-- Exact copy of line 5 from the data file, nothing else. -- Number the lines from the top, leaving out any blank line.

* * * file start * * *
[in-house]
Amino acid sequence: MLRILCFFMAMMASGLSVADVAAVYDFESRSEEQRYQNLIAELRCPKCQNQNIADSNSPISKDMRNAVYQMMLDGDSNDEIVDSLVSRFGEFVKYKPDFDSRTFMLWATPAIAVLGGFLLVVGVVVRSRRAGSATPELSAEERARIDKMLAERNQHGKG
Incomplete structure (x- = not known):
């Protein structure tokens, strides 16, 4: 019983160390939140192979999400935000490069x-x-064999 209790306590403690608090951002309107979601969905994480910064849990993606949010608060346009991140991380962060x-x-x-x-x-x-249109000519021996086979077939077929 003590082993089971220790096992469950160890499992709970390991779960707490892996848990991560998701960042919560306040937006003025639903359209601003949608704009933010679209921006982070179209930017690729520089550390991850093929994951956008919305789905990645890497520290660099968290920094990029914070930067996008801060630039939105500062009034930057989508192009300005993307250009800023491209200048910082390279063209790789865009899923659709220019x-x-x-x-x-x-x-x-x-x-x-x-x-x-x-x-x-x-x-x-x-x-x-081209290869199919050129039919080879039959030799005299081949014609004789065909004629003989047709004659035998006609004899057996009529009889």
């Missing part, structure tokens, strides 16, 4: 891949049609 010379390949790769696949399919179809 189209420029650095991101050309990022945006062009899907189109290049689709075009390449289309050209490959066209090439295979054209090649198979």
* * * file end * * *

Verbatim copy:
């Missing part, structure tokens, strides 16, 4: 891949049609 010379390949790769696949399919179809 189209420029650095991101050309990022945006062009899907189109290049689709075009390449289309050209490959066209090439295979054209090649198979």